Green corn tamales: now is the time to enjoy peak season

| June 29, 2023 | 0 Comments

GREEN CORN tamales at El Cholo.

Tamales, little packages of corn masa stuffed with savory fillings and steamed in dried corn husks, are a common menu option in Mexican restaurants throughout the southland. Far less common are sweet corn tamales, where freshly shucked and ground kernels are mixed with cream and butter and sweetened with sugar, then encased with cheddar cheese and Ortega chiles and steamed in undried husks.

Throughout history, savory tamales outnumber sweet varieties, but even the earliest examples of tamale-making include some sugary examples. Tamale production can be traced back to Mesoamerica, the south-central part of Mexico, as early as 8,000 B.C.

The Aztecs, the Maya and ancient Olmec and Toltec peoples all made some version of ground corn masa stuffed with meats or vegetables and steamed in corn husks. These civilizations revered corn, thought to have been passed down to them directly from the gods. The Aztecs, for example, had no fewer than four different deities assigned to aspects of corn, from the sacred seeds to the ripening stalks. The Maya believed humans were created from corn itself.

These ancient civilizations found tamales to be the perfect travel food. Tightly wrapped in their corn husks (or in some cases, banana leaves), the little food packages are perfect to accompany hunting trips and marauding armies.

An abundant food

Tamales spread throughout the Americas. In Bolivia they are known as humitas. In Venezuela, hallaca. In Nicaragua, large nacatamal are stuffed with meat and eaten with bread and coffee. Puerto Rico’s are guanime and some are made with sweetened plantains. Guatemala favors chuchito sweetened with honey or sugar and flavored with chocolate, almonds, plums or peppers. The Cherokee and Chickasaw Indians have savory versions of tamales, known as broadswords and banaha, respectively. African Americans in the Mississippi Delta turned up the heat, and the resulting spicy tamales are known as hot tamales, a phrase that has joined the lexicon.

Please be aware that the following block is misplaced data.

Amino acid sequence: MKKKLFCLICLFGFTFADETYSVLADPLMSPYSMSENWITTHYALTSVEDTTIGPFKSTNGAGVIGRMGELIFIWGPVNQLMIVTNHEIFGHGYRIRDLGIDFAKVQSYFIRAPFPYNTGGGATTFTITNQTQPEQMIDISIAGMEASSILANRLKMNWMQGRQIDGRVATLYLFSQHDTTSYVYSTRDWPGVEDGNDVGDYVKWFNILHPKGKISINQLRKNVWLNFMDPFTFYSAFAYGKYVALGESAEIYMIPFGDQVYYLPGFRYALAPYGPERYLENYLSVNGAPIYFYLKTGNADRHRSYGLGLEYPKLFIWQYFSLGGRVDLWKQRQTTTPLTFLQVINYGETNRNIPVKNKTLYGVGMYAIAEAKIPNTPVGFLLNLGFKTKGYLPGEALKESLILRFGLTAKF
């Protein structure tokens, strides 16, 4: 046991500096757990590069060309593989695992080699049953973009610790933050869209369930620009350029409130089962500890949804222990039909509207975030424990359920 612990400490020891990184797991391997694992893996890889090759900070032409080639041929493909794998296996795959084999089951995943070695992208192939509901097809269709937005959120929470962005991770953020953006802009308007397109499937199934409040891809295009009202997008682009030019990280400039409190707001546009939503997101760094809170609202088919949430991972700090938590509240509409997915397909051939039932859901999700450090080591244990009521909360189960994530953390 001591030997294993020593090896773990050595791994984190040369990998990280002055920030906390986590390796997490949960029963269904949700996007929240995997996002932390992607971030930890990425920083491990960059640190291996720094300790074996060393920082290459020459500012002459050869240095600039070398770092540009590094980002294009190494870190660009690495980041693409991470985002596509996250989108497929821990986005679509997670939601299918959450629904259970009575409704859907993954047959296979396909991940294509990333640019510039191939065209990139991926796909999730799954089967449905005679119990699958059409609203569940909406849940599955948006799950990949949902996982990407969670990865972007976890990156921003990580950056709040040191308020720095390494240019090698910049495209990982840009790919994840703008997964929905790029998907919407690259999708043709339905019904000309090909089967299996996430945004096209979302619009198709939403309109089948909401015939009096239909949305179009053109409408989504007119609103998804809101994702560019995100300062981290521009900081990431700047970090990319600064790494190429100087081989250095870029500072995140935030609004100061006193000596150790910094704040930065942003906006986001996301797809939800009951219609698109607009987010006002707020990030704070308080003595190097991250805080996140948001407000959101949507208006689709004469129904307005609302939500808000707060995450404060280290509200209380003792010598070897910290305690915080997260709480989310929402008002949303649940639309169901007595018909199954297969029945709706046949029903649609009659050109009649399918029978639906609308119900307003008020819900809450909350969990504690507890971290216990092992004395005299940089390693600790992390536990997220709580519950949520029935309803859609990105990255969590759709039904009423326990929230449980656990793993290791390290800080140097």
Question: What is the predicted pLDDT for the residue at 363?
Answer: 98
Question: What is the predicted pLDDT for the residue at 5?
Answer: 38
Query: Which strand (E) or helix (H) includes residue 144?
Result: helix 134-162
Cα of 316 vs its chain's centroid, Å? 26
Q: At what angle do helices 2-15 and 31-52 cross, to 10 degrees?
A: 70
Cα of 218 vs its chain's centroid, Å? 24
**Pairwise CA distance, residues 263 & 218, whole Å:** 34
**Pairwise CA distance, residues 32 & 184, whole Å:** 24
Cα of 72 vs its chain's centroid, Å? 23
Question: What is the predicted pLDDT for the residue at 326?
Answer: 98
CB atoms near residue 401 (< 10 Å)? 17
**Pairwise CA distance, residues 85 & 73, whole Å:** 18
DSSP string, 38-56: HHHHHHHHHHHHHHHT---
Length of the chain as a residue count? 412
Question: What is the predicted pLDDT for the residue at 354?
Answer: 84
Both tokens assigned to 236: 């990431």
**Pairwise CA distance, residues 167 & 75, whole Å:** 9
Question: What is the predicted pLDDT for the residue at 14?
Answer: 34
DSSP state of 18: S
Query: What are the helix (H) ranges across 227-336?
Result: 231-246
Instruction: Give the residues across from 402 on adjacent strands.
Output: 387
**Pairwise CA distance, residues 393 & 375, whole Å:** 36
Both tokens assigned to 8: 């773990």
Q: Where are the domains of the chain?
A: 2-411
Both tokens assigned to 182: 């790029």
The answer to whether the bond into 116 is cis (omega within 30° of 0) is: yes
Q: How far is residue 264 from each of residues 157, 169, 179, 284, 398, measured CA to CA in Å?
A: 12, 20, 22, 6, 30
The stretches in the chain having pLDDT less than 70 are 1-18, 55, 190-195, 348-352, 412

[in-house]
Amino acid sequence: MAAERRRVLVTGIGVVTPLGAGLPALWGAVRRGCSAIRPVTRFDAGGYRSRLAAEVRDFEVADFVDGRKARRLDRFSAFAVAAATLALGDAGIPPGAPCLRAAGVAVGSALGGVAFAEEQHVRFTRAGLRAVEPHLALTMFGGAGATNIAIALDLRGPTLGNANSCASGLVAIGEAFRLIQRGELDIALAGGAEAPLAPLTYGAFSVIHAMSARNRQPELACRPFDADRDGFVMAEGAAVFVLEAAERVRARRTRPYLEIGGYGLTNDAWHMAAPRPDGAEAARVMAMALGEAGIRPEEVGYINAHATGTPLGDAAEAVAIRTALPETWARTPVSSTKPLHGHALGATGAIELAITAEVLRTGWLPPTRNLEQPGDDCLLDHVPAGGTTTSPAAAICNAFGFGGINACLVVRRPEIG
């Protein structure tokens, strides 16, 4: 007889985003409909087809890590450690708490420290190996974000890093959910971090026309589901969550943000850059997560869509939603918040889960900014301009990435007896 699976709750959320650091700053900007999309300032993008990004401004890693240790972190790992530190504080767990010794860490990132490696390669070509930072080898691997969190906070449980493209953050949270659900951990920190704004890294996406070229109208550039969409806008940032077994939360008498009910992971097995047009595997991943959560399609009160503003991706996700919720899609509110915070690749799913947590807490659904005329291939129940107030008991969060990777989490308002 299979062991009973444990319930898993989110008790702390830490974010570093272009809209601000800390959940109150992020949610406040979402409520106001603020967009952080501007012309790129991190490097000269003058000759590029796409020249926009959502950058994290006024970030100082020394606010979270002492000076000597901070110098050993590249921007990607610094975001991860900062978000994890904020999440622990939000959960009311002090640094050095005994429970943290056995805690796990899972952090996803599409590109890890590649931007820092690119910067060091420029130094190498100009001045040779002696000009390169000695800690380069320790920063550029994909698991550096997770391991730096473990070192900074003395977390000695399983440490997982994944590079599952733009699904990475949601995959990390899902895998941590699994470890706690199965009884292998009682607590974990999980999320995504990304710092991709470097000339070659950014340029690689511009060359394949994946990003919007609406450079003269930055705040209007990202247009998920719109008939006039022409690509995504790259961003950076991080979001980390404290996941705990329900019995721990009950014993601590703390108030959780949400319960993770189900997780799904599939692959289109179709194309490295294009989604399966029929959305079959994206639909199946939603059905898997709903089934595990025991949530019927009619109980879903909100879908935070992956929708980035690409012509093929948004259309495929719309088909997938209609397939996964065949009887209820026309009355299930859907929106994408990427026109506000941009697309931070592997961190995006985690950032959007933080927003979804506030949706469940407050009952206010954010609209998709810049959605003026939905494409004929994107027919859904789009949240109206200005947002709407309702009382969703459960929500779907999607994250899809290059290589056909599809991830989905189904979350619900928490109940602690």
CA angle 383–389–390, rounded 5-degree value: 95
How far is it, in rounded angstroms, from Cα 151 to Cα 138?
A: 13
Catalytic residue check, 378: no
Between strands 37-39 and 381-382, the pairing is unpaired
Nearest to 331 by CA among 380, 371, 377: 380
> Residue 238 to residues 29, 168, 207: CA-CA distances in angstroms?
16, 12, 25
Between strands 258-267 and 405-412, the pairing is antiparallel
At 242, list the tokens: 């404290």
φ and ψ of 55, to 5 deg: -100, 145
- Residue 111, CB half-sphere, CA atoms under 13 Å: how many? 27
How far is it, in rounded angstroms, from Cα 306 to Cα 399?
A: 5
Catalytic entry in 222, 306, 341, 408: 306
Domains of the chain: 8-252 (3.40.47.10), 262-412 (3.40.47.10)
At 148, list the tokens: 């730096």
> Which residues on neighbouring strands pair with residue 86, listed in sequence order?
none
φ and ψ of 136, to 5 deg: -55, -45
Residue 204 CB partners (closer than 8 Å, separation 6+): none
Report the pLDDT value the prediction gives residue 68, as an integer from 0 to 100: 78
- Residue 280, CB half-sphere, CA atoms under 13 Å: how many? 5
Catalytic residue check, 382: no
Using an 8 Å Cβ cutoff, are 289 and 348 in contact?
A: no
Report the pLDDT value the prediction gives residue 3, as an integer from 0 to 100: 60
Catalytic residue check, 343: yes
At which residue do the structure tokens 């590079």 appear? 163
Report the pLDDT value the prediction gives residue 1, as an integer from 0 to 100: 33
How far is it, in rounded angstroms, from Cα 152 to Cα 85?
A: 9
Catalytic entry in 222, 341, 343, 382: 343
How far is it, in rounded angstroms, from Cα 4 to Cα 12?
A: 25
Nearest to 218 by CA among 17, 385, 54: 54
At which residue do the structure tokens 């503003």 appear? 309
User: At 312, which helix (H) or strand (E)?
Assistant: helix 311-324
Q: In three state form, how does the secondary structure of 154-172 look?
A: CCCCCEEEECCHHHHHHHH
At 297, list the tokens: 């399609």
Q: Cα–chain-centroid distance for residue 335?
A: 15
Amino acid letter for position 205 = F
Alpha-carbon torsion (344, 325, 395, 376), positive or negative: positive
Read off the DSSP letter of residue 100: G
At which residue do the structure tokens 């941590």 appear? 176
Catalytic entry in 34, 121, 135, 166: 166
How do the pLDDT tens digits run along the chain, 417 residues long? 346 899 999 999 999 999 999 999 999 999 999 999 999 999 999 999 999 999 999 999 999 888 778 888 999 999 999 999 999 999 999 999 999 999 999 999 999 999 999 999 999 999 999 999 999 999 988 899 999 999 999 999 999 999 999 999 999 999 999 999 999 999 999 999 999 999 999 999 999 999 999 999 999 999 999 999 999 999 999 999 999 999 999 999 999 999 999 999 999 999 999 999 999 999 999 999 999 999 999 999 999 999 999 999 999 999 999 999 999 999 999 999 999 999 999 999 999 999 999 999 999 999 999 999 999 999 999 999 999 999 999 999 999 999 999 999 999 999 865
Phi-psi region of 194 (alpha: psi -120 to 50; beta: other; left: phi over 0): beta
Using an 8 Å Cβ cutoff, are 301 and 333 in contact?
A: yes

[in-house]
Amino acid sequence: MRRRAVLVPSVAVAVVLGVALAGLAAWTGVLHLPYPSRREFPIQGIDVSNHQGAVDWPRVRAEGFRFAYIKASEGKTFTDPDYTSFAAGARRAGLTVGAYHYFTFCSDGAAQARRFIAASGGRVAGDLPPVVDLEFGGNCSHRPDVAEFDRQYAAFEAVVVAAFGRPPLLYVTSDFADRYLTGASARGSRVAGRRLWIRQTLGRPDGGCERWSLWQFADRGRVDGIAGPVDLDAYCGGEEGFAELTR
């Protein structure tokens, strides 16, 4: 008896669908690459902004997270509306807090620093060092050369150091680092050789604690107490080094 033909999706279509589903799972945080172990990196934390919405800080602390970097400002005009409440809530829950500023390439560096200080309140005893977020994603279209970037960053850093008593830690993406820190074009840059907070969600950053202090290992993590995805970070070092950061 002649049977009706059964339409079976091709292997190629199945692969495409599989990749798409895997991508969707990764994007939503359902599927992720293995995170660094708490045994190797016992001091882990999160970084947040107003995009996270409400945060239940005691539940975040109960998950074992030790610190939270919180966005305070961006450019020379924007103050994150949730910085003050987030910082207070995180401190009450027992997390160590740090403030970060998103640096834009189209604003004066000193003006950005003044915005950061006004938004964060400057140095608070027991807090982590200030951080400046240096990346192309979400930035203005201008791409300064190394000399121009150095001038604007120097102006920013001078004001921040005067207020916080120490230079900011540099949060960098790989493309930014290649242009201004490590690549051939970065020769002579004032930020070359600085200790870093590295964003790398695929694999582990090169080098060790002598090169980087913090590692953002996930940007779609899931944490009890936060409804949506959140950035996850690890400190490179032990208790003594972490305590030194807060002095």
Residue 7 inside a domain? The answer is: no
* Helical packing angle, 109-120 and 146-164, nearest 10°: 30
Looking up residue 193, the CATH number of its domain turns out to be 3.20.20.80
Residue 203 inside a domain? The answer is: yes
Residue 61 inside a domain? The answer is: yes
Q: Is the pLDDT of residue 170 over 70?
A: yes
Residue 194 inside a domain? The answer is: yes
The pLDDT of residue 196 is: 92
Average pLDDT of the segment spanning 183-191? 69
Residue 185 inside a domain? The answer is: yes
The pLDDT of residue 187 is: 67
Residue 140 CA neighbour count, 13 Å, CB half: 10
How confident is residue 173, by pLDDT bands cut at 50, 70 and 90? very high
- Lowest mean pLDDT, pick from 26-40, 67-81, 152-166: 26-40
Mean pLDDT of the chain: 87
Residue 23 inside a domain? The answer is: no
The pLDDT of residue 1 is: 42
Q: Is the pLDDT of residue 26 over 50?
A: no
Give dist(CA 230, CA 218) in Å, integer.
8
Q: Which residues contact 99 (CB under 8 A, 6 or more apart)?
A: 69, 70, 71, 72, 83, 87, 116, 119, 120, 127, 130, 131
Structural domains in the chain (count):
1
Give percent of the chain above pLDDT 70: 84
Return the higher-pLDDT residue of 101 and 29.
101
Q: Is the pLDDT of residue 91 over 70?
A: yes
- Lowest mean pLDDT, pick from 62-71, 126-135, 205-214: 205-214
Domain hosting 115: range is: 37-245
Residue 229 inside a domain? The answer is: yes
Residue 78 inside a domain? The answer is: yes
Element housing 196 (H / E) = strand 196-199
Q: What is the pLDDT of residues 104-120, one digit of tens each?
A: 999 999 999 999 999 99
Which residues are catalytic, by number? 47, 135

What we consider true green corn tamales are usually said to have originated in Tucson, Ariz., where most Mexican restaurants feature them on the menu. Others claim they hail from Sonora, Mexico.

El Cholo, whose famous seasonal green corn tamales feature prominently in this, its 100th-anniversary year, ascribes to the Sonora theory since owner Ron Salisbury’s grandparents were from that region and put them on the menu when the restaurant was founded in 1923. (The restaurant was originally named Sonora Café.)

Aside from mainly takeout operations in Pacoima, El Cholo is one of only a few restaurants in the Los Angeles area that offers the delicacy. El Cholo follows the tradition of only making them during peak corn season, from May through October. According to the restaurant’s operations manager, Dawn Schlegel, “May 1 to October 31 is when corn is freshest and sweetest. Fresh corn has more juice then, and we capture the juice for the tamales.”

El Coyote, the other major local purveyor of the sweet tamales, steams them daily. Owner Margie Christoffersen says her aunt changed it from a seasonal dish to one that is always on the menu. “She wanted to corner the green corn tamale market!”

The tamales are wildly popular at El Coyote, which makes approximately 150 tamales each weekend. Since patrons wait half a year for El Cholo’s green corn, the demand is particularly high. Among El Cholo’s six locations (three in Los Angeles County, three in Orange County) the restaurants husk roughly 3,000 cobs of corn a week. “We make about 3,500 tamales every week in season,” Schlegel states. “On Western, we sell approximately 450 tamales a week.”

Some have conjectured that they are called green corn tamales because the corn is fresh off the cob, not made into masa, or because the included chiles lend a dash of green, but most sources agree the moniker is based on the fact that the husk wrappers are green and untreated, rather than the dried beige ones used to steam other tamales.

El Cholo accompanies its famous green corn tamales with ranchera sauce, although they served them with mole at the 2022 Taste of Larchmont and the 2023 Beastly Ball, just as the tamales originally were presented when the restaurant first opened. El Coyote’s green corn tamales also come with ranchera sauce, but Christoffersen admits she’s partial to melting a pat of butter on them instead, “The way I eat fresh corn on the cob.”

El Cholo, 1121 S. Western Ave., 323-734-2773. Green corn tamales available now through Oct. 31, 2023. El Coyote, 7312 Beverly Blvd., 323-939-2255. Green corn tamales available year-round.

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Category: Entertainment

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